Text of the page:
Academic medical centers in particular are experi-
encing the brunt of the pressures. Unlike community
hospitals, the duties of academic medical centers, such
as the University's are threefold: clinical care, teach-
ing and research.
"We have a number of admissions who don't pay
for themselves - not adequate revenue and unfunded
elements - so we're pressured more than community
hospitals," Malcolm said.
Last year, Massachusetts General Hospital, affiliat-
ed with Harvard University, unveiled its plans to
achieve cost reductions under its "Operations
Improvement" program. The program, implemented
in three phases, aims to make the hospital more cost
competitive while improving patient satisfaction.
In February 1996, MGH announced that it planned
to eliminate 418 positions from its workforce of 6,400
Roberta Graham, vice president for operations
improvement at the University 'HealthSystem
Consortium, said employee cutbacks are unavoidable
because approximately 70 percent health care costs
are related to labor
Graham said the University of Michigan had two
options in making staff reductions: quickly and swift-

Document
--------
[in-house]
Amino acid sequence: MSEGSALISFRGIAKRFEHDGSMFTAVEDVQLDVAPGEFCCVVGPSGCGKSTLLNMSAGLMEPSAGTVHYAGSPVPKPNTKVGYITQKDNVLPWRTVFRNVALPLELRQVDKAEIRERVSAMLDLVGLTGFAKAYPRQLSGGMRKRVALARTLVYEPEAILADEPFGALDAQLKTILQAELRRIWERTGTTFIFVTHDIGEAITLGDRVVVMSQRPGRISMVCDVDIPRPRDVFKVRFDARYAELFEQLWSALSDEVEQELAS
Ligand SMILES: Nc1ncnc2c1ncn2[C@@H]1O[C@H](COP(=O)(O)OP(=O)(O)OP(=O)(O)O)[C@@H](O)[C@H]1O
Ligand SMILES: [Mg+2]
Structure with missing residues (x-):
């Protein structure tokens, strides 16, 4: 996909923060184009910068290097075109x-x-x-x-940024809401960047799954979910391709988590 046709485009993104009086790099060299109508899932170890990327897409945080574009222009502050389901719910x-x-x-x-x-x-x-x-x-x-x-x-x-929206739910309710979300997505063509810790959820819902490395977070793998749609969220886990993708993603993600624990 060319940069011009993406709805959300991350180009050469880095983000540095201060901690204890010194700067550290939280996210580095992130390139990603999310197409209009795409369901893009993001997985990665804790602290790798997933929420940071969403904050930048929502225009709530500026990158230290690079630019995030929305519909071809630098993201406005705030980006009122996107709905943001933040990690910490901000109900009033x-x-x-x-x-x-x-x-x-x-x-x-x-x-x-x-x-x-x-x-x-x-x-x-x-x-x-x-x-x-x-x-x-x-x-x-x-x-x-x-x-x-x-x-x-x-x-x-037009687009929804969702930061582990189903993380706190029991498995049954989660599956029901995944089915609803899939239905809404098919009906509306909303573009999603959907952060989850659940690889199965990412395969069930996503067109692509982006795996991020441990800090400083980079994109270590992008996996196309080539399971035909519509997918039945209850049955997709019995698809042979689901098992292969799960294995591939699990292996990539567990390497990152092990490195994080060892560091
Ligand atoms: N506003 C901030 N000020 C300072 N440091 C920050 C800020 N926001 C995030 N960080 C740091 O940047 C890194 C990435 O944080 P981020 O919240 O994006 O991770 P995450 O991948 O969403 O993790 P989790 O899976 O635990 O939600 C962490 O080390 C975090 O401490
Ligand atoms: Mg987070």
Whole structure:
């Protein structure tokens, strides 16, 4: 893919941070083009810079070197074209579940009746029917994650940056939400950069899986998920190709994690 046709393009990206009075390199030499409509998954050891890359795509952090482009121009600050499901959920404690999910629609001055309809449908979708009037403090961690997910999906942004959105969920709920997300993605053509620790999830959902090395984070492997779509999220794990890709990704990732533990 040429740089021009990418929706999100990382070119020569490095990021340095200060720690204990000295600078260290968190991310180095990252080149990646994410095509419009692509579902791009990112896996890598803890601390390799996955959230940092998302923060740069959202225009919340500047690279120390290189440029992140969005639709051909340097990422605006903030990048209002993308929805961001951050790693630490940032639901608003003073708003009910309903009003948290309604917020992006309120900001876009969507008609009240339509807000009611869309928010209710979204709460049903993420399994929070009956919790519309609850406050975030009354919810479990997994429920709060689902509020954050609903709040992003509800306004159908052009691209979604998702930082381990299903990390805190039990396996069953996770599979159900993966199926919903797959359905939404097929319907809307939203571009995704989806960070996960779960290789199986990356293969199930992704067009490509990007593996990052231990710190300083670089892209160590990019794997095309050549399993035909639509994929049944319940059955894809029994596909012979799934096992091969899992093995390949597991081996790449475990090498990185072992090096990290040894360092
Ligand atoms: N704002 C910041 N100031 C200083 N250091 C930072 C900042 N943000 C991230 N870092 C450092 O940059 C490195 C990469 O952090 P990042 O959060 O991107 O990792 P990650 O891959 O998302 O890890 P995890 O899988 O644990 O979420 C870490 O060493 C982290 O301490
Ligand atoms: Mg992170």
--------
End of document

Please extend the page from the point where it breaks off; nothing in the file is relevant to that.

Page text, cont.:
ly, or slowly and painfully.
"The University can do it slowly and painfully ... tor-
ture people for a long time," she said. "But the longer it
takes, the more difficult it is to maintain morale."
The St. Joseph Mercy Hospital in Ann Arbor has
been in an ongoing process of decreasing its staff size
The hospital also-
merged with three
because of a drop
in the number of a.
medical centers at
the University of
H a r v a r d
Johns Hopkins k
also been forced
to re-design their
"I think it is
very difficult and
very painful, but
bly cannot escape
at this time"
Malcolm said The University Medical Center's wo
she was surprised shrink by 1,100 positions this year
that the three-year plan to downsize and be
Michigan was able to sustain the pressures of man-
aged care companies for so long.
"I think it's amazing it's taken so long to hit (the
University of) Michigan," Malcolm said. "A lot of that
is because there are capable (hospital) leaders."
However, many of the University's hospital employ-
ees, would disagree with Malcolm's praise for hospi-
At the medical center on a Saturday, all of the
employees interviewed, requested to remain anony-
mous. They said they feared losing their jobs.